Sterling has been weak in recent weeks, which may be due in part to an increasing reluctance of international investors to hold the currency while the uncertainty of Brexit continues. The issue here is that the negative impact on growth could keep policy loose for some time and weakness in the currency would be encouraged to stimulate exports, given the economic importance of international trade to the U.K. Additionally, sterling may be less attractive in a global context if the U.K. is merely an island on the edge of Europe rather than a key part of one of the largest markets in the world. Consequently, it is possible that the cost of funding the deficit may rise, pushing long-term interest rates up.

There are consequences to an out vote for the U.K. as a whole, with the Scottish National Party likely to call for a renewed referendum on Scotland separating from the U.K. and trying to enter the EU as an independent nation.

The impact of Brexit on U.K. equities

There is no doubt that a vote for Brexit would be negative for the equity market as weak sterling and lower growth expectations would reduce earnings forecasts for the market as a whole. However, given that 75% of the U.K. market’s earnings base is outside the U.K. a weak currency may substantially offset the impact on investment and business confidence (although the longer term unwind of the benefits of being in Europe would undoubtedly be a headwind to longer term growth). The impact, however, would not be uniform. Companies with overseas earnings may well benefit, in reported earnings terms, from a weaker pound, while investors would be likely to reduce focus on the domestic earnings (mid-cap) companies, which have led the market for the last 18 months.

At an industry level, Brexit is likely to have the biggest impact in the following areas:

Banks: Lower domestic growth in the near term, but possibly less competition; international investment banking could migrate some functions to Europe, depending on discussions over the “passport”; other questions include: U.K. domestic banking to become more parochial? A bigger role for the domestic regulator? Potential restructuring required to maintain European exposure for some?

Retailing: An impact on staffing given the significance of migrant labor in the workforce (leading to potentially higher costs?); potential change in sourcing and spending patterns, especially in the food sector where EU regulation is a key driver of practices; potential impact from uncertainty post a Brexit vote until Brexit actually happens (for up to two years?).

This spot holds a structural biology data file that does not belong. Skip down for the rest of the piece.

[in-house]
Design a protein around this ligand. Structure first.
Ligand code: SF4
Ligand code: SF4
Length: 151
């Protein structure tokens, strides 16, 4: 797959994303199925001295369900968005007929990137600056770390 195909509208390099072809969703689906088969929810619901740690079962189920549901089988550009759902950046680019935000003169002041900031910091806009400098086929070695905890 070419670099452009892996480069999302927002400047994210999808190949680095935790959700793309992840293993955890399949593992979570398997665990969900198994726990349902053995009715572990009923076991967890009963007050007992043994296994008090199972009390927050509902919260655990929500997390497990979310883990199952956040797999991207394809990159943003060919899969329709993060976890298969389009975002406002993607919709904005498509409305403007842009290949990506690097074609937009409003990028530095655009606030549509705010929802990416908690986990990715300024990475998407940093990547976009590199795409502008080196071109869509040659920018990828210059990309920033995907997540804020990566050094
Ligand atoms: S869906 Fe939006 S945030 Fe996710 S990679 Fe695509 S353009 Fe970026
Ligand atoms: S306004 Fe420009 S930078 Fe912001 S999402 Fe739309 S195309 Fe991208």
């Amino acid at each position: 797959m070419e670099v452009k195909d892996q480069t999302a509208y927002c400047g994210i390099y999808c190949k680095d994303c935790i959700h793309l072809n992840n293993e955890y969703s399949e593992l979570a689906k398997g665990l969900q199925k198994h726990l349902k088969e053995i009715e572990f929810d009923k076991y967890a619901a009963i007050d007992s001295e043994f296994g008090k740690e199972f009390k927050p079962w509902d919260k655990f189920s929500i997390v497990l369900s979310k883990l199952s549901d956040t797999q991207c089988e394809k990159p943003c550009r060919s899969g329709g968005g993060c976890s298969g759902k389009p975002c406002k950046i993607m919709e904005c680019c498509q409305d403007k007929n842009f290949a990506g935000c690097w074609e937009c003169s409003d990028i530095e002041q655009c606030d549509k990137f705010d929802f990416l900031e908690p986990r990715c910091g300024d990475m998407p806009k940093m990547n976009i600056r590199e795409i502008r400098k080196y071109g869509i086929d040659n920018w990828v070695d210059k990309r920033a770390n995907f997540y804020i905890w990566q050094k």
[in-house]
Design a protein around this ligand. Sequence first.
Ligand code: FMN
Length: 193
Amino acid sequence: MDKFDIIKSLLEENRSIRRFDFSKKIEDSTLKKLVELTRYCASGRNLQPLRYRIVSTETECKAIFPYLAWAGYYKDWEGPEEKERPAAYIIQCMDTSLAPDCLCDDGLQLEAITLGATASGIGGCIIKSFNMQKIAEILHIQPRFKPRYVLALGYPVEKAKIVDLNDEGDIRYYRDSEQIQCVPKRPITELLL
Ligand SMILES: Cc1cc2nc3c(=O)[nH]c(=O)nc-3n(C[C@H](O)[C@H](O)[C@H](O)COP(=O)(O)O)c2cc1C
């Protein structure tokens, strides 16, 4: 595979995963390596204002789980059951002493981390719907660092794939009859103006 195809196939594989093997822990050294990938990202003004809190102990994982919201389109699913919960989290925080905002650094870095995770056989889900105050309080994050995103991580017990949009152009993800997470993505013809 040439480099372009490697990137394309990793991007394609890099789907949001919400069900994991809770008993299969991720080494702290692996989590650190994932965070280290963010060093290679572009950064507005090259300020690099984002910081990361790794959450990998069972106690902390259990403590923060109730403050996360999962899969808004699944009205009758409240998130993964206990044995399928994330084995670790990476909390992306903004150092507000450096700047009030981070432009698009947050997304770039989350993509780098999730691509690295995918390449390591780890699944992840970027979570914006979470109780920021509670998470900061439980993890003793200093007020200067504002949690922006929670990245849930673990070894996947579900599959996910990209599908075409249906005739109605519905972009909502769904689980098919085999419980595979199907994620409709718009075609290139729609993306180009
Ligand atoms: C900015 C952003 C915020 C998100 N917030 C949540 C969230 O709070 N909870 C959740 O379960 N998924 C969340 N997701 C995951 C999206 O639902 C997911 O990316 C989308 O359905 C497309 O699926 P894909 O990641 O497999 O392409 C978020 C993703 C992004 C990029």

Domestic earnings: Clear impact from lower GDP forecasts and consequential lower growth in consumer incomes, plus a period of reduced job creation as the adjustment takes place; impacts on housing and construction, industrials.

Other financials and insurance: Regulatory impact on insurance and impact on market-related stocks.

Property: Would Brexit lead to a loss of foreign buyers? The impact from bond yields is perhaps more significant, but a weaker pound might also be an incentive for foreign buyers; also offset by the limited effect on U.K.’s "safe haven" status.

Brexit might also have a limited impact on utilities (except, perhaps, if a Scottish independence vote were to follow) and large international companies (oil, mining, international industrials, pharmaceuticals, tobacco, staples) along with some international business services, e.g., media, telecoms.

A vote to leave the EU would be seen as a negative

In our view, the current uncertainty affecting world markets is more significant for investors than Brexit. Having said that, there is no doubt that a vote to leave the EU would be seen as a negative by the market. Nervousness about the possibility is already driving the current valuation of the U.K. stock market and of sterling. This is only likely to increase ahead of a vote.

If the vote is to stay in, then we can assume there would be some return to business as usual and the market may stage a recovery relative to other markets, with those areas most pressured ahead of the vote leading the way. If the vote is to exit, then the issues mentioned above are likely to come sharply into focus and the overall market is likely to remain depressed as adjustment to the new reality takes place.

On a brighter note, there is no currently obvious leader for the Brexit campaign, so Brexit is more a focus for generalized discontent than a coordinated body with a clear set of objectives. This may change as campaigning starts. Finally, a perhaps surprising fact is that many voters attach considerable weight to David Cameron's stance on this issue, and have expressed to pollsters that their voting will be guided by the position of the prime minister.

1 CER, The economic consequences of leaving the EU, June 2014